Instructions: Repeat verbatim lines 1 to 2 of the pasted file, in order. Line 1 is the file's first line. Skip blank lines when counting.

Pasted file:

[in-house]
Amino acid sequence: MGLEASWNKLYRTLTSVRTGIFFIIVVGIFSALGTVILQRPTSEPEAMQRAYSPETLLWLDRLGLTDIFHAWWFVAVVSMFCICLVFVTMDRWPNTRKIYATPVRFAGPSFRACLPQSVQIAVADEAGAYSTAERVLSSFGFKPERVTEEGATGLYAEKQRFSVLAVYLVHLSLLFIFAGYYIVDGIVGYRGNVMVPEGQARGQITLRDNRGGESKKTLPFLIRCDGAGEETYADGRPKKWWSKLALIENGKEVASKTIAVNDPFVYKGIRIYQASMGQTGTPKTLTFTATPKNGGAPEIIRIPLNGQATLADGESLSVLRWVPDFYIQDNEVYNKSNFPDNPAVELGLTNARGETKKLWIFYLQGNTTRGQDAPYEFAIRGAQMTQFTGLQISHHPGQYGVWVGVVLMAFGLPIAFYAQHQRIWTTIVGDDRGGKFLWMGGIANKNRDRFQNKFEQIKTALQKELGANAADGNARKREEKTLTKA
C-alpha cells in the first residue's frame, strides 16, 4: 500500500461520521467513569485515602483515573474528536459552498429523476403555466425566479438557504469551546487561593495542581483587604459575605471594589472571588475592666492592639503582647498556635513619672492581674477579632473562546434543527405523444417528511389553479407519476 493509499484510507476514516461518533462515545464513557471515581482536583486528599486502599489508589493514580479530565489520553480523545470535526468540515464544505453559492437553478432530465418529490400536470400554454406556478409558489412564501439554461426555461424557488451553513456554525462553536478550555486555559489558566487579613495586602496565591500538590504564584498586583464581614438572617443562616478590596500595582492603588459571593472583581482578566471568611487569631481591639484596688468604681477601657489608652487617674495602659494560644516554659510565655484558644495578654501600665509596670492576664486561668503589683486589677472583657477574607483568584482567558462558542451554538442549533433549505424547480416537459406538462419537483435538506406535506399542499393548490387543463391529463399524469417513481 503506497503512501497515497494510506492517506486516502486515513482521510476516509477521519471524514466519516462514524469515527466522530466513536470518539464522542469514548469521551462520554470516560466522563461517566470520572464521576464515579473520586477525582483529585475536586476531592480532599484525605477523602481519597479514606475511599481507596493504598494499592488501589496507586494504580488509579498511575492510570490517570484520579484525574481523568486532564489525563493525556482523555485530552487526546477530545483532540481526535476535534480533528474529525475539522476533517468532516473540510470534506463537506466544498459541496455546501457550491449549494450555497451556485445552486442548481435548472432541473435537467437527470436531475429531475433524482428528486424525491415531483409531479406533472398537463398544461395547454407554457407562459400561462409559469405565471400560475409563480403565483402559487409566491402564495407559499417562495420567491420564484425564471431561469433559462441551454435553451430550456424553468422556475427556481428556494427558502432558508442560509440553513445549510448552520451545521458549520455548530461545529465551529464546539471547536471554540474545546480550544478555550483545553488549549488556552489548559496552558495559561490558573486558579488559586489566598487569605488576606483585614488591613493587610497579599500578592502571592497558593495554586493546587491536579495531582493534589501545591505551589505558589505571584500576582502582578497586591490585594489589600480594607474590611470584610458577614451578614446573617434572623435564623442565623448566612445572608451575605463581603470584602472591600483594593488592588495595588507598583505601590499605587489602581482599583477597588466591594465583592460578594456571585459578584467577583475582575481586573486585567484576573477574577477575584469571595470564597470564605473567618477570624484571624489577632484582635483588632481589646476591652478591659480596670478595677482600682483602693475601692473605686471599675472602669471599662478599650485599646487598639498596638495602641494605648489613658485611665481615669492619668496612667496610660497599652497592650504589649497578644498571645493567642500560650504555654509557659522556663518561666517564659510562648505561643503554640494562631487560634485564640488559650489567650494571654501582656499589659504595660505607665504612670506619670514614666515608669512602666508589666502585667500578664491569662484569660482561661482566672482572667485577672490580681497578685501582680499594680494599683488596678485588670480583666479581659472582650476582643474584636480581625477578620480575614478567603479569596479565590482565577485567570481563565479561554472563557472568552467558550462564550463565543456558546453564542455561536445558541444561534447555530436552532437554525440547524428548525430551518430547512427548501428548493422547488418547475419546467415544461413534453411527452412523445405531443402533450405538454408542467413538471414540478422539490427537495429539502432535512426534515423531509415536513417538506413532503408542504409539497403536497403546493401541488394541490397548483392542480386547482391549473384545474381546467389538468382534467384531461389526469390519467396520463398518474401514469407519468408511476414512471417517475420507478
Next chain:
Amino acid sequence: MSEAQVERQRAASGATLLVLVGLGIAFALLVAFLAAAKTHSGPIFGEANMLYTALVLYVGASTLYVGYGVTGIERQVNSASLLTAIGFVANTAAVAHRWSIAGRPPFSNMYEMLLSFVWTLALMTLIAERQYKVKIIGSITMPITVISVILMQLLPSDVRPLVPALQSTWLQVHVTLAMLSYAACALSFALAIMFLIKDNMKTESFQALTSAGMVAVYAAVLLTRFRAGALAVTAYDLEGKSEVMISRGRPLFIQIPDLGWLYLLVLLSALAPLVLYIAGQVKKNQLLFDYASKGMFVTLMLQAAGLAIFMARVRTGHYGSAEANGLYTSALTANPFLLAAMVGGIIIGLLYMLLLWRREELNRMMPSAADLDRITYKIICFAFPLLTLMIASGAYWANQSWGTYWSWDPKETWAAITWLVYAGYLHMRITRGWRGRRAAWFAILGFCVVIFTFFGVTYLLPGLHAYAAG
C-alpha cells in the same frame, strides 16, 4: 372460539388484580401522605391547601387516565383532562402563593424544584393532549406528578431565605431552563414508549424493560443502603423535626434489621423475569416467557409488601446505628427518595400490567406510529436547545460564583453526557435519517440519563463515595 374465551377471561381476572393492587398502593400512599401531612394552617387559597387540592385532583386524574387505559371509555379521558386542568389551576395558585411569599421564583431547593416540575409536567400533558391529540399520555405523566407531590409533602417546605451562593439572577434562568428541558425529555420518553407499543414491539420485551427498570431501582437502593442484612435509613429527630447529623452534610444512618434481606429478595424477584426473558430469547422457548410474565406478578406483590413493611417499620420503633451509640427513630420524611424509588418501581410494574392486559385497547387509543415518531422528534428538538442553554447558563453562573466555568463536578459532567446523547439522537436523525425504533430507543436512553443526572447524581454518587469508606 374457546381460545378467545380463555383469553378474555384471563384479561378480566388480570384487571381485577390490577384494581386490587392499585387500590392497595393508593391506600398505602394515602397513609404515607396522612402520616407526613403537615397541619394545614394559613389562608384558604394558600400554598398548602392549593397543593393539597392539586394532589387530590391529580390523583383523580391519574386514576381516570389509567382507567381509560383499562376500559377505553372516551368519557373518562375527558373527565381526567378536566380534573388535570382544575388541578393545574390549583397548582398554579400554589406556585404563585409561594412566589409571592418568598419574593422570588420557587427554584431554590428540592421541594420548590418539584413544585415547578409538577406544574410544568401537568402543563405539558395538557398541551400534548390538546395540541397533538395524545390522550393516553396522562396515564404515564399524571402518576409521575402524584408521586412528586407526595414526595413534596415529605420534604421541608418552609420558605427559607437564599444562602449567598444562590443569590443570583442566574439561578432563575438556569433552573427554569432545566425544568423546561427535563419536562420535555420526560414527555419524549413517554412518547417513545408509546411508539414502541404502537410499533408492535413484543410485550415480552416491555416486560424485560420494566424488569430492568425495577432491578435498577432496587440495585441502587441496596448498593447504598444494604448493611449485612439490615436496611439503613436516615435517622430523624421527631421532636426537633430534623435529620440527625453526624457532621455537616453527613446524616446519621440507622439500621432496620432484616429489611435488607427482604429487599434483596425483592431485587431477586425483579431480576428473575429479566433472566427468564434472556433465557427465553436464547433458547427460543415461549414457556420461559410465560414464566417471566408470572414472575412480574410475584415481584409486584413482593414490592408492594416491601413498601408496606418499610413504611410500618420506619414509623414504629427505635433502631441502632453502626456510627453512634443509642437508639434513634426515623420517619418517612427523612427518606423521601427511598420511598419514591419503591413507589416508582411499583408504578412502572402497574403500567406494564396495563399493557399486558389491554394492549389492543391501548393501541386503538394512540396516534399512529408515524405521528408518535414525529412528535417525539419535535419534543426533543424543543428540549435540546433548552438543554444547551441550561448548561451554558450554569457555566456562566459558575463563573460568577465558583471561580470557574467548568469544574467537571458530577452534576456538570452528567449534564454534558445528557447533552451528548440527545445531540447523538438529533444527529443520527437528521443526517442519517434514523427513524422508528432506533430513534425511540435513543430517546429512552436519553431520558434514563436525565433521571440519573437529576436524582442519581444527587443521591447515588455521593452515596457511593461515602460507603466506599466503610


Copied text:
[in-house]
Amino acid sequence: MGLEASWNKLYRTLTSVRTGIFFIIVVGIFSALGTVILQRPTSEPEAMQRAYSPETLLWLDRLGLTDIFHAWWFVAVVSMFCICLVFVTMDRWPNTRKIYATPVRFAGPSFRACLPQSVQIAVADEAGAYSTAERVLSSFGFKPERVTEEGATGLYAEKQRFSVLAVYLVHLSLLFIFAGYYIVDGIVGYRGNVMVPEGQARGQITLRDNRGGESKKTLPFLIRCDGAGEETYADGRPKKWWSKLALIENGKEVASKTIAVNDPFVYKGIRIYQASMGQTGTPKTLTFTATPKNGGAPEIIRIPLNGQATLADGESLSVLRWVPDFYIQDNEVYNKSNFPDNPAVELGLTNARGETKKLWIFYLQGNTTRGQDAPYEFAIRGAQMTQFTGLQISHHPGQYGVWVGVVLMAFGLPIAFYAQHQRIWTTIVGDDRGGKFLWMGGIANKNRDRFQNKFEQIKTALQKELGANAADGNARKREEKTLTKA